RE: RSA SecureID on Solaris

From: Jonathan A. Zdziarski (jonathan@networkdweebs.com)
Date: 04/08/02


From: "Jonathan A. Zdziarski" <jonathan@networkdweebs.com>
To: "'adam morley'" <adam@gmi.com>, <focus-sun@securityfocus.com>
Date: Mon, 8 Apr 2002 10:53:25 -0400

I used SecurID on Solaris a few companies ago. The SecurID server can
emulate a radius server, so with the correct modules you can make it
work with pam, apache, etc. Any type of server that requires repeat
authentication may present a problem, however, as when the token code
changes you have to type it in again. I'm sure there are ways around
this, but we never had any major need to find an answer.

The number on the back is merely a serial number; the encryption seeds
associated with that number are locked in a vault at RSA (and on your
floppy) so unless someone gets hold of one there's zero chance of
someone guessing the code from the serial number. RSA doesn't release
much about their algorithm (at least they didn't when we were using it),
but it appears to be either a one-way hash function or a one-time pad.
Since the tokens expire, I'd lean towards one-time pad unless the
expiration is merely a marketing tool.

When configuring SecurID on our systems for shells, we used password +
securid + pin just to make it more secure. You ought to be fine with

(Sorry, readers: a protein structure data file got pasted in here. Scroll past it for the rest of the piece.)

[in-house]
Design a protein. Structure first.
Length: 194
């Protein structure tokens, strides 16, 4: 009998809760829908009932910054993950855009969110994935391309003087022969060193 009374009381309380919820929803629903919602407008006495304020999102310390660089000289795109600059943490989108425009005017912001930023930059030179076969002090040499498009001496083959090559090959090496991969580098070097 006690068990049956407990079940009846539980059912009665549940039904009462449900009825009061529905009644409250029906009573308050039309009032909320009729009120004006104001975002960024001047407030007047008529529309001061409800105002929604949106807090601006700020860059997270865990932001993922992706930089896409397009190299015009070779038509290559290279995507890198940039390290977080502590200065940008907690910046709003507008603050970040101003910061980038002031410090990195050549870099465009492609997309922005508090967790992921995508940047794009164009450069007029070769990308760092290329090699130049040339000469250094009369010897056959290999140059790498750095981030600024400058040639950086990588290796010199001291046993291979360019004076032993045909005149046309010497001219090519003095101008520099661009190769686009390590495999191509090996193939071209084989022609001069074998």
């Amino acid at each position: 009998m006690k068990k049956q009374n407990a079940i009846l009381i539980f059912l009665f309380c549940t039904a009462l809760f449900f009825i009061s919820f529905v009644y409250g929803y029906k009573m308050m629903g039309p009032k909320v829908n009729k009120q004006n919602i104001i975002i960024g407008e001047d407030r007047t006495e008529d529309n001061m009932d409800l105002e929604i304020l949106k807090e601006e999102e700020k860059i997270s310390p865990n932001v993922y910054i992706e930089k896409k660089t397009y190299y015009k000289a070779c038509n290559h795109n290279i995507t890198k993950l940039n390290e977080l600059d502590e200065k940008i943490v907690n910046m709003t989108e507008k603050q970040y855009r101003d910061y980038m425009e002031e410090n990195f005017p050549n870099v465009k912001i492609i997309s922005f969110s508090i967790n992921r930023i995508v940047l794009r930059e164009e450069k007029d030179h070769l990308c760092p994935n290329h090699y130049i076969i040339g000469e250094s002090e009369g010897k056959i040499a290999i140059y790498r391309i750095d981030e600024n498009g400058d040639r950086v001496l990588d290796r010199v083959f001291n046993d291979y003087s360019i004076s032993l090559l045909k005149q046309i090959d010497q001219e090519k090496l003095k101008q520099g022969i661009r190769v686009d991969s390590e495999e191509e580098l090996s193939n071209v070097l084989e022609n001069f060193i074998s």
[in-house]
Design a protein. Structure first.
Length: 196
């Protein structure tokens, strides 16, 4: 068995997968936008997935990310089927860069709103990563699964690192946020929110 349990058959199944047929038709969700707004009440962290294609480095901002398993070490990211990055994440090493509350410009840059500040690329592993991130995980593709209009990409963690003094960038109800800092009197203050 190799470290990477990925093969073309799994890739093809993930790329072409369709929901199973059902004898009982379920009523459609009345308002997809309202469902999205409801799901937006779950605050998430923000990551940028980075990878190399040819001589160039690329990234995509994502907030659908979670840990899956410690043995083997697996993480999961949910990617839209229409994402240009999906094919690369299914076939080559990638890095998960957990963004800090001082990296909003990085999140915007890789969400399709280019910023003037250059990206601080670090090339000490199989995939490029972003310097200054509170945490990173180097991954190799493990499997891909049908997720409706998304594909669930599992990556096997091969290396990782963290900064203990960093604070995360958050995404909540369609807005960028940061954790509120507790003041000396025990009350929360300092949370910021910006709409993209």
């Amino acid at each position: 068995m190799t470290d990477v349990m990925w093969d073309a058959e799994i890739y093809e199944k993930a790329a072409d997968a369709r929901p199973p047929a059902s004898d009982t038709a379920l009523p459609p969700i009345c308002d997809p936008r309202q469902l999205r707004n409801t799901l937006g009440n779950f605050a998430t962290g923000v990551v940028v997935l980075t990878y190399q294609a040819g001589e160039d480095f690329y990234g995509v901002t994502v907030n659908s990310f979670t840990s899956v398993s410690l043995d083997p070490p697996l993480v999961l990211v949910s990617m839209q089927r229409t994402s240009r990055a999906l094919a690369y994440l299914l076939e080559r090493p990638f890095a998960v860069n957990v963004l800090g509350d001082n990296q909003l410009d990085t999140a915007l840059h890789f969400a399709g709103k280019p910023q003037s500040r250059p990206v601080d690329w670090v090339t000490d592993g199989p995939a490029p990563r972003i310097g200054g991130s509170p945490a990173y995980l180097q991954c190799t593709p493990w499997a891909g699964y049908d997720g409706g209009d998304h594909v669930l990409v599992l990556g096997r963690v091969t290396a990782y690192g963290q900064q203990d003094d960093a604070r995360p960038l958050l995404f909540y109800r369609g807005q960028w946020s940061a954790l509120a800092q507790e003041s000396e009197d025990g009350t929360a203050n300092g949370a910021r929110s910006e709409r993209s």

just securid + pin for your everyday security, though if someone was to
launch a focused attack, it's much easier to steal someone's pin than it
is their password, which is why we used both. Dusting the user's
numeric pad on their keyboard or watching them through a camera would
make it fairly easy to get someone's PIN.

Personally, I would not use SecurID again, however, as one of the
biggest problems we had with the tool was the 30 or 60 second delay
between token code changes. If you have an outage or are being hacked
and you need to get into 5 machines real fast, you have to wait a minute
in between each machine. Other token systems such as Cryptocard change
every time you use the code, hence no delay.

The only other comment I have about SecurID is that a fair number of
tokens we received from them were broken out of the box and needed to be
returned. I'd say probably 1 out of 10 or 1 out of 15.



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